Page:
I've been trying to solve a programming challenge that involves combinatorics and dynamic programming.

click here to read the problem

Good news is that I already solved it, but for certain inputs the program throws wrong answers.

The program takes two numbers as input.
Let `w = argv[1]`

, `h = argv[2]`

I'm gonna write it in pseudo-mathematical way for easier representation

E.g. The following "formula" means that my program accepts two parameters: w and h, and the output is `x`

`T(w,h) = x`

I'm going to represent the theoretical results by `T(w,h)`

and my program's results by `R(w, h)`

. I'm 100% sure that `T(w, h)`

will always be the right answer.

Let's go:

`T(10, 10) = 2`

`R(10, 10) = 2`

`T(11, 10) = 2`

`R(11, 10) = 288`

** RESULTS DIFFER **

`T(12, 10) = 4`

`R(12, 10) = 4`

`T(13, 10) = 4`

`R(13, 10) = 4`

`T(14, 10) = 66`

`R(14, 10) = 66`

`T(15, 10) = 290`

`R(15, 10) = 290`

`T(20, 10) = 9594`

`R(20, 10) = 98826`

**RESULTS DIFFER**

`T(25, 10) = 419854`

`R(25, 10) = 419854`

`T(30, 10) = 94082988`

`R(30, 10) = 94082988`

`T(35, 10) = 5578404294`

`R(35, 10) = 1283436998`

**FROM THIS POINT ON, RESULTS WILL ALWAYS DIFFER**

`T(36, 10) = 19730715436`

`R(36, 10) = 18446744071965430572`

**DATA TYPE OVERFLOW?**

`T(37, 10) = 19730715436`

`R(37, 10) = 18446744071965430572`

`T(38, 10) = 73368404198`

`R(38, 10) = 393345822`

**This result is smaller than the last one, is supposed to be bigger than the last one.**

`T(39, 10) = 287780277370`

`R(39, 10) = 17468538`

`T(40, 10) = 287780277370`

`R(40, 10) = 17468538`

`T(41, 10) = 1095232487336`

`R(41, 10) = 15826856`

`T(42, 10) = 4013757692218`

`R(42, 10) = 18446744071672822074`

**GOES UP AGAIN. TAKES RIDICULOUS AMOUNT OF TIME TO COMPUTE**

I guess that's enough for black box testing, now let's take a look at the algorithm and the actual code.

The first parameter is multiplied by 2, divided by 3 and casted to integer.

E.g.

argv1 = 20

20*2 = 40

40/3 = 13

**Integer division**

That value is passed to the function that is giving me problems.

Let `iNormalizedWidth`

be that value.

If `iNormalizedWidth`

is an odd number, the program will give me a wrong answer all the time.
Only gives me wrong answers with the following numbers:

11, 20, 25, 29, 35 - 48.

(48 is the maximum value that my program will handle).

This is the function that I wrote :

```
typedef long long int int64;
#define BLOCK_A = 2;
#define BLOCK_B = 3;
/* main function, more macros, prototypes of other functions and
irrelevant information for the scope of my question */
vector< vector<int64> > iTileBricks(int iWidth) {
int iK, i, j, iMaxIterations, iEvenWidth, iOffset;
vector<int64> viBrickRange;
vector< vector<int64> > viBrickWall;
vector< vector<int64> > viResult;
iEvenWidth = iWidth % 2;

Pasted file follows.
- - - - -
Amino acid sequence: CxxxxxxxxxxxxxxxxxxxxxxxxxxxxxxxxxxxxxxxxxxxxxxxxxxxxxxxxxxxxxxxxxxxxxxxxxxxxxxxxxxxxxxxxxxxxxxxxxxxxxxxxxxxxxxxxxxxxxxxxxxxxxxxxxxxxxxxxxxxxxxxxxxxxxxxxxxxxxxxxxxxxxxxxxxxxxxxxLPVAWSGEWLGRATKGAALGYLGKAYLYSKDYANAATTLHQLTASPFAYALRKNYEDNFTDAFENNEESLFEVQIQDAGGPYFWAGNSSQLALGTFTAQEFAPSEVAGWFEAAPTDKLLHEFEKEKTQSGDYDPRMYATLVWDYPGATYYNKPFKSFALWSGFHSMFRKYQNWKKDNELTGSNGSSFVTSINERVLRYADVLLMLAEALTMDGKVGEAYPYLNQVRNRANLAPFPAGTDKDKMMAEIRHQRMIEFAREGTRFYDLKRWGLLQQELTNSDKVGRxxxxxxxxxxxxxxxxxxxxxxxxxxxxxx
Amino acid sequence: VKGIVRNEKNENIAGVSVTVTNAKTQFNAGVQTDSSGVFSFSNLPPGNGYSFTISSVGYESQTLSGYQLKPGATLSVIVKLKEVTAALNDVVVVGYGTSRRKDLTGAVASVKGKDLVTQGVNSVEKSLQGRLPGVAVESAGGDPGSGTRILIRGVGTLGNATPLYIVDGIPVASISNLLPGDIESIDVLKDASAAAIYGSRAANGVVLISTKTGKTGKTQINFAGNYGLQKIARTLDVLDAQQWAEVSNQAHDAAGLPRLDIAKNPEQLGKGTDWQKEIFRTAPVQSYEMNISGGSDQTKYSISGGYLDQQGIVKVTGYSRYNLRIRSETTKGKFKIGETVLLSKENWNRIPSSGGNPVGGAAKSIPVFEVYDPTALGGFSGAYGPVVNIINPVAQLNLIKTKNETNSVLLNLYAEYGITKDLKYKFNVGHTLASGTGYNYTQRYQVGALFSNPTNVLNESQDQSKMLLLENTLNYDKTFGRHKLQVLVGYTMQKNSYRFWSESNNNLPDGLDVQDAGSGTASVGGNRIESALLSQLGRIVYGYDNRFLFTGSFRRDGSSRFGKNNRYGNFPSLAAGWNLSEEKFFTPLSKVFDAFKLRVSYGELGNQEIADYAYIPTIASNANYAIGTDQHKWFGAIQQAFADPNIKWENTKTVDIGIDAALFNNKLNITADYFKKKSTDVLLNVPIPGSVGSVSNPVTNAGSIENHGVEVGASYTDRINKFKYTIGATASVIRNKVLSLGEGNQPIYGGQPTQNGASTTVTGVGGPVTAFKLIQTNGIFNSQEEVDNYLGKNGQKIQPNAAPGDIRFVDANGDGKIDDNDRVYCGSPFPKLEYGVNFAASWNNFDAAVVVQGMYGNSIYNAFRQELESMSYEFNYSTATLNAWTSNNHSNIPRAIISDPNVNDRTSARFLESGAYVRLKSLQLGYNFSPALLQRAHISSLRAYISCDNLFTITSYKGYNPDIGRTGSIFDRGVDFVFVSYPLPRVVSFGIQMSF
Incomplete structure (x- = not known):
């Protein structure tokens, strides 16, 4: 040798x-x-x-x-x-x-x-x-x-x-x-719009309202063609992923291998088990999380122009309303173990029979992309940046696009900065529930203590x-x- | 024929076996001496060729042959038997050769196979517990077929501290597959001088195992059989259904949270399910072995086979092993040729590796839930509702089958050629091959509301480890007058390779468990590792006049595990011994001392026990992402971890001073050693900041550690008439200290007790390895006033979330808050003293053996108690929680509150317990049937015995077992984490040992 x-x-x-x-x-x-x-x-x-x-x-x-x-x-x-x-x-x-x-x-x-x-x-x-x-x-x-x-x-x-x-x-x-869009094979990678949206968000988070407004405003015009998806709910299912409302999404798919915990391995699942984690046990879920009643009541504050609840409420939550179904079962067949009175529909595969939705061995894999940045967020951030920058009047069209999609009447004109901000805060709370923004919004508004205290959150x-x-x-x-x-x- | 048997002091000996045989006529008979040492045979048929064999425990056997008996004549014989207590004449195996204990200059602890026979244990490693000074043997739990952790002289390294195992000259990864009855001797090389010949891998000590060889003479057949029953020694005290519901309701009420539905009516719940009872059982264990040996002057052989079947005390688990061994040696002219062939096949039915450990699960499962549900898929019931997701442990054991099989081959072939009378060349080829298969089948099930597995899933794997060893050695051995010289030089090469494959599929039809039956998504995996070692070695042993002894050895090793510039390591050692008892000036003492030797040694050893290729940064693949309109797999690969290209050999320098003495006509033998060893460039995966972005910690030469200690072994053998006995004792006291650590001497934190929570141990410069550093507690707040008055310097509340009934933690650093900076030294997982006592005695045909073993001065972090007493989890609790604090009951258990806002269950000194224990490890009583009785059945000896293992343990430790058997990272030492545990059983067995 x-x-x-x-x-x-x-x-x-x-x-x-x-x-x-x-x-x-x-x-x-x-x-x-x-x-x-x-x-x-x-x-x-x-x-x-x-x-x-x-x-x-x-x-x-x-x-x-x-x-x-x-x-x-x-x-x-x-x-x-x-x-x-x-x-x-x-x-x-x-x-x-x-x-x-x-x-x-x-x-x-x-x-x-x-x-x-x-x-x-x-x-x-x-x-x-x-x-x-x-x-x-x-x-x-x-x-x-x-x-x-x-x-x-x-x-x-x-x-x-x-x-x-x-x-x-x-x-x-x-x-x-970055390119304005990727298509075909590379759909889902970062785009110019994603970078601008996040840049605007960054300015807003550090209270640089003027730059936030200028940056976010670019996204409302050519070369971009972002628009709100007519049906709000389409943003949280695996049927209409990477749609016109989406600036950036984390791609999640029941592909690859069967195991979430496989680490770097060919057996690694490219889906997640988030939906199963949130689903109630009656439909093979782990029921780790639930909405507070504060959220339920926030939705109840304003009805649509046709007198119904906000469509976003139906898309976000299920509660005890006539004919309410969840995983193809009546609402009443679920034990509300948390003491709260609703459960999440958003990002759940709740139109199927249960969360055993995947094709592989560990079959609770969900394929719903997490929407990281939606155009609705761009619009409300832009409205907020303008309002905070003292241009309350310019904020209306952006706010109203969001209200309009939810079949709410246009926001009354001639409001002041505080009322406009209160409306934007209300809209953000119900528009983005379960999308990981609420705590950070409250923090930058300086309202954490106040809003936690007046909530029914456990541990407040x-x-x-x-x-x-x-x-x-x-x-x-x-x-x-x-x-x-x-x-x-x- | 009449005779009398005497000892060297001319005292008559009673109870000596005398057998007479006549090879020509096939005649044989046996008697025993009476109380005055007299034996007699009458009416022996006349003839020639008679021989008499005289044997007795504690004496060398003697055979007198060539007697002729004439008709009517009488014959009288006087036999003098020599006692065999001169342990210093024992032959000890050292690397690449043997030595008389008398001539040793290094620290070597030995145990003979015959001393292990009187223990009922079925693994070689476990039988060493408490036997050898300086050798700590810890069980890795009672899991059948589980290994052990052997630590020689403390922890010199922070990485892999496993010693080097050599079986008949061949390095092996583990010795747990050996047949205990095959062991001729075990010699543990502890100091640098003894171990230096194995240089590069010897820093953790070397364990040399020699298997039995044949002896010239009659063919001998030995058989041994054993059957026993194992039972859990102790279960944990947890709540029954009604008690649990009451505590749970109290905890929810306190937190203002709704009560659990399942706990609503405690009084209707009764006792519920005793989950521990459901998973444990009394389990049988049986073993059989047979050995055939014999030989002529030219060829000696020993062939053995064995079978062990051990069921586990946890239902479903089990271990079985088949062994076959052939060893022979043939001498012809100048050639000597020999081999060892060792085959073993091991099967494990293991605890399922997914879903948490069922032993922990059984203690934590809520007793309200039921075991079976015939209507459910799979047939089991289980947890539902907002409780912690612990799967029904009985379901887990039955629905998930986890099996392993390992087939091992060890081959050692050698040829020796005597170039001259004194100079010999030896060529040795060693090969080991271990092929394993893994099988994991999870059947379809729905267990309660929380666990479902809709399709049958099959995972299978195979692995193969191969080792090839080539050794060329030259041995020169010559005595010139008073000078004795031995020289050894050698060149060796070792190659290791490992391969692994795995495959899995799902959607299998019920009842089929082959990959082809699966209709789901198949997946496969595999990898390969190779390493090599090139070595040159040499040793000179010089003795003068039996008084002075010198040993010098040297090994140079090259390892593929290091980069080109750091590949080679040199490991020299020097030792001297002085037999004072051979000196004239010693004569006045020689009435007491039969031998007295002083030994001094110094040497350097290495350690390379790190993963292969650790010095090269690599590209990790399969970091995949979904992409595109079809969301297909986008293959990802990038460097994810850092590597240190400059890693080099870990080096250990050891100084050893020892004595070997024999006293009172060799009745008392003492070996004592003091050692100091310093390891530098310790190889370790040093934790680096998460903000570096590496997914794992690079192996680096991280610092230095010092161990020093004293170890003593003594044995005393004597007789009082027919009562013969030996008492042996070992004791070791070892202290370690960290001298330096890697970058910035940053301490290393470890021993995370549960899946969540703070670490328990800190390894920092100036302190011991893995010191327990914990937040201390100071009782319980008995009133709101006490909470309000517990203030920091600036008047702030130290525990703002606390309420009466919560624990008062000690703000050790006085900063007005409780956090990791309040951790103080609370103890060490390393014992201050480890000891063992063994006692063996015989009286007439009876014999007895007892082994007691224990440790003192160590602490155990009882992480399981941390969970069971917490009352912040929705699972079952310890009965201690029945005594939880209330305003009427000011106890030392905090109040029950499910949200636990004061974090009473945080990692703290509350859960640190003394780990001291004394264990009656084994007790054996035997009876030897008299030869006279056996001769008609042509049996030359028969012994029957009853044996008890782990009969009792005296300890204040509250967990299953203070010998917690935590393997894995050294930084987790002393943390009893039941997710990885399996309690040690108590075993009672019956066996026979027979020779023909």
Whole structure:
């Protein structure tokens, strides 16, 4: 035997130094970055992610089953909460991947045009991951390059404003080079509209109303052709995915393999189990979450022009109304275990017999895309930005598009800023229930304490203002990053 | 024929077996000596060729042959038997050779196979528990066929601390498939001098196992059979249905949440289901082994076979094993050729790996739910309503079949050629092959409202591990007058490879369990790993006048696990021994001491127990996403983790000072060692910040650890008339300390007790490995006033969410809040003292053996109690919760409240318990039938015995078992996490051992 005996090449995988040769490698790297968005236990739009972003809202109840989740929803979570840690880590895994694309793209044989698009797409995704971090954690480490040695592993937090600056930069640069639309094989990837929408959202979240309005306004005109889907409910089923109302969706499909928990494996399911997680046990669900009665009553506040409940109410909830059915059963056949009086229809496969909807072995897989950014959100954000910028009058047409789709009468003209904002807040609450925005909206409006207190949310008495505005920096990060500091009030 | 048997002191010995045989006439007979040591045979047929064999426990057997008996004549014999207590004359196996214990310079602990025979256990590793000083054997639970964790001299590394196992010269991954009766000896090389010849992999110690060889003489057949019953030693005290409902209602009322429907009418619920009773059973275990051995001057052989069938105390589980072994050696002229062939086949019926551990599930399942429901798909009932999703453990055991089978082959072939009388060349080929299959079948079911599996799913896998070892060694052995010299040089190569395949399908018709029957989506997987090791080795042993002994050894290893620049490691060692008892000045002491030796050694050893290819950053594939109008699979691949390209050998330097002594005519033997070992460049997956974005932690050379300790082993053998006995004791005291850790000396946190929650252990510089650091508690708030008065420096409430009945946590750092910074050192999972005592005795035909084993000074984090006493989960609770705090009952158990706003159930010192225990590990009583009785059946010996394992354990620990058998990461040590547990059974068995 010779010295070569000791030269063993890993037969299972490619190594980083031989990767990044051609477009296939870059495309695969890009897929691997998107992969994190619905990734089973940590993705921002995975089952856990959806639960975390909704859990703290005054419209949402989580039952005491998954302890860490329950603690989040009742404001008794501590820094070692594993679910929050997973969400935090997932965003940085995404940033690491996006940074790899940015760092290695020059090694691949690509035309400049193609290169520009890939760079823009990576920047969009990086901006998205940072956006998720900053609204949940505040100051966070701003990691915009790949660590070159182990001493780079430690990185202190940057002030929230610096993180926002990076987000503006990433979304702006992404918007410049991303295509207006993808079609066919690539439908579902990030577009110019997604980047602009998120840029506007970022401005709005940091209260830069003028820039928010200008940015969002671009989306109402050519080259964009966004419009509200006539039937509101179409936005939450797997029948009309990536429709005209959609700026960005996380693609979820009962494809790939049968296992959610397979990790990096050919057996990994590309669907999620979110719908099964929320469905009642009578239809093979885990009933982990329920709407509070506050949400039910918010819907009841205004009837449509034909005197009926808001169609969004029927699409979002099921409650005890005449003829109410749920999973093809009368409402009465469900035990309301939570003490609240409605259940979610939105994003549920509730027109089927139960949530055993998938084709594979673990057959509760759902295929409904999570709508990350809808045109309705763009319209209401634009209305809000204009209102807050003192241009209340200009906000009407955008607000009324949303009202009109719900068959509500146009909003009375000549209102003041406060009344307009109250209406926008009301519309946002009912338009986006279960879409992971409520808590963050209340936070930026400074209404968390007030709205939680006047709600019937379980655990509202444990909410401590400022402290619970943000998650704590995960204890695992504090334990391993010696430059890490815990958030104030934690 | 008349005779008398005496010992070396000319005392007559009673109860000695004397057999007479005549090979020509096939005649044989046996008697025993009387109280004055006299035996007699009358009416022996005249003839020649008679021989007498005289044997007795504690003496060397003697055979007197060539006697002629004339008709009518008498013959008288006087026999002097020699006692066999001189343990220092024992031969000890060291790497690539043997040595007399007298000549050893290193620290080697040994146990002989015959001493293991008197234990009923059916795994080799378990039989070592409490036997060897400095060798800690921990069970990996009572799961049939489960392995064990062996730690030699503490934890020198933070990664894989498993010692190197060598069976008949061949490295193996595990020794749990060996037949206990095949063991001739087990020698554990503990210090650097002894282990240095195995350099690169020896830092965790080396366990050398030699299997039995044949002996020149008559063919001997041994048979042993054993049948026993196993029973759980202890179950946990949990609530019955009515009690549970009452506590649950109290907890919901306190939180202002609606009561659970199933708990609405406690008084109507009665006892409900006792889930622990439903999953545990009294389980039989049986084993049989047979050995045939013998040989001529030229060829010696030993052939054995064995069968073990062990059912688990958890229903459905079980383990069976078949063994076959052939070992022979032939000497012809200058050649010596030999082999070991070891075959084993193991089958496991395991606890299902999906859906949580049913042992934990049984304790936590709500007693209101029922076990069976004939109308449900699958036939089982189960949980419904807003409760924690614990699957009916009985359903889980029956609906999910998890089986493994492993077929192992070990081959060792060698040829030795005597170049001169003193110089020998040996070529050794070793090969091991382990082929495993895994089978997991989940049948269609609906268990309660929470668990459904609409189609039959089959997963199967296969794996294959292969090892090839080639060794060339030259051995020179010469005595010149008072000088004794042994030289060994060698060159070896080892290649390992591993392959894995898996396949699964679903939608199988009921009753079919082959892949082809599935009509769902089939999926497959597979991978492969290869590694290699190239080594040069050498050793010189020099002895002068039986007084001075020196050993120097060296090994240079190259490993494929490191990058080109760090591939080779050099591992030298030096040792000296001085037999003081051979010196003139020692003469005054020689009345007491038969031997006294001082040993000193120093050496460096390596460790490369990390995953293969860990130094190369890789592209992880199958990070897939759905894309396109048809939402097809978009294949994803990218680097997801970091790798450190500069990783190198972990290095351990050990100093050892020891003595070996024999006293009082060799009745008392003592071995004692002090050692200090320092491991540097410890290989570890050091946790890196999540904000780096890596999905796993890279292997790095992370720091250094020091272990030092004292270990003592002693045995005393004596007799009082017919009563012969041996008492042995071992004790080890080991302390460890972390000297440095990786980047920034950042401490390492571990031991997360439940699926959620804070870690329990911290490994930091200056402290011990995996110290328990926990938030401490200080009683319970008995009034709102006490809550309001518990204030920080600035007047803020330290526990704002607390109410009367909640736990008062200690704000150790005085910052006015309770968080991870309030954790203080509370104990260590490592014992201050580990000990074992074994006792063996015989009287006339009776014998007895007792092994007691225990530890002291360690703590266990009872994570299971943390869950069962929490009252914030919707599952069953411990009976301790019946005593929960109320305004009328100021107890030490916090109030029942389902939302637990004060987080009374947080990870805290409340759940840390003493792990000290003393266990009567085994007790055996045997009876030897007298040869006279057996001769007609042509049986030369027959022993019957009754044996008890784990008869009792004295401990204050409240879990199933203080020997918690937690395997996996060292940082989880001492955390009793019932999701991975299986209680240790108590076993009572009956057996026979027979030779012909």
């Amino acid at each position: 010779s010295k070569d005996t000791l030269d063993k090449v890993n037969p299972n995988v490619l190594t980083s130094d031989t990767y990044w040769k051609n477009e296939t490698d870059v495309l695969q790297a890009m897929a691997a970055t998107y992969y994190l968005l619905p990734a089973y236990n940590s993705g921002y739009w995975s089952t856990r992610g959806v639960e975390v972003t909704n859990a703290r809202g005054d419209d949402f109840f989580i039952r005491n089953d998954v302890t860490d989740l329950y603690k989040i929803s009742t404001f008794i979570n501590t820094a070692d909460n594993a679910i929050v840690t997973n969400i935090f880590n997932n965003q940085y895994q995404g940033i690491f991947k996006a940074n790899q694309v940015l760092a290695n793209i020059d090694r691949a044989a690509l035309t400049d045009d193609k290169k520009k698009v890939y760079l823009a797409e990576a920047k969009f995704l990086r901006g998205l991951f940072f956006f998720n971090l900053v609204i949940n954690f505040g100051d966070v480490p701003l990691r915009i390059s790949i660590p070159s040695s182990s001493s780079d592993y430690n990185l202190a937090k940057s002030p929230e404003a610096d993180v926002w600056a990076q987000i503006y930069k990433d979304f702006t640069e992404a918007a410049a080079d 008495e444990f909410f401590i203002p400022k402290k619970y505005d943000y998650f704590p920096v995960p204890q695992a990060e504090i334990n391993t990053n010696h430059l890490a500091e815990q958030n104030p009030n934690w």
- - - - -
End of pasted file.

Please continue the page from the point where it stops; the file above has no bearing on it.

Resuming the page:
iK = (int)(iWidth/2); // The amount of all possible combinations that follow the pattern nCr(iN-i,2i)
iMaxIterations = iK/3 + 1; // By dividing all the possible combinations by 3, I am finding out how the maximum amount of iterations
for(i = 0; i < iMaxIterations; i++) {
iOffset = 2*i + iEvenWidth;
vector<bool> vAux(iK-i); // Creating a iK - i long vector. Test Case:
// Let dOriginalPanelWidth = 48
// iPanelWidth = 32
// iK = iPanelWidth/2 = 16
// iMaxIterations = iK/3 ~= 5
// iK - i = 16 - i Where 1 <= i <= 5
// For the first iteration of i the value of vAux will be:
if(iOffset <= iK-i) {
fill(vAux.begin() + iOffset, vAux.end(), true); // For the first iteration of i the value of vAux will be:
}
// vAux = [0, 0, 1, 1, 1, 1, 1, 1, 1, 1, 1, 1, 1, 1, 1, 1]
do { // In this block of code I'm generating all the possible layouts of bricks that can build
for(j = 0; j < iK-i; j++) { // a wall of 48" (or any value of width where 3 <= width <= 48 and (width % 1/2) == 0).
if(vAux[j] == false) {
viBrickRange.push_back(j); // Generating n-tuples with all possible combinations
}
}
viBrickWall.push_back(viBrickRange);
viBrickRange.clear();
} while(next_permutation(vAux.begin(), vAux.end()));
for(unsigned int a=0; a < viBrickWall.size(); a++) {
vector<int64> viTmp(iK-i);
fill(viTmp.begin(), viTmp.end(), BLOCK_A);
for(unsigned int b = 0; b < viBrickWall[a].size(); b++) {
viTmp[viBrickWall[a][b]] = BLOCK_B;
}
viResult.push_back(viTmp);
viTmp.clear();
}
viBrickWall.clear();
vAux.clear();
}
return viResult;
```

}

I found a program that works written in python, and the latter function is nothing more than a port from the python function to C++. If it helps, just for reference here it is:

```
def all_single_rows(width):
result = []
n = width / 2
width_parity = width % 2
for i in range(n/3 + 1):
for bits in combinations(range(n-i), 2*i + width_parity):
s = [2] * (n-i)
for bit in bits:
s[bit] = 3
result.append(s)
return result
```

It's a rather large function (and question), but I've been trying to debug this all day long, and I haven't been able to come up with a solution.

There are more computations that generate the final value, but this is the function that is causing the other functions to fail.

I'd like to know any theory on why for certain inputs, the answer skyrockets, and then it goes back again.

When I compare my function with the function written in python side-by-side for some inputs, the output is identical, and for some others (shown above) the output is different.

Any help would be greatly appreciated.

Thanks a lot!

`all_single_rows(7)`

? – Beta Nov 20 '12 at 5:27`all_single_rows`

?", I asked "what is"? I don't know python, and I'm asking what value that function returns, if it is invoked with an argument of 7. – Beta Nov 20 '12 at 13:29`all_single_rows(7)`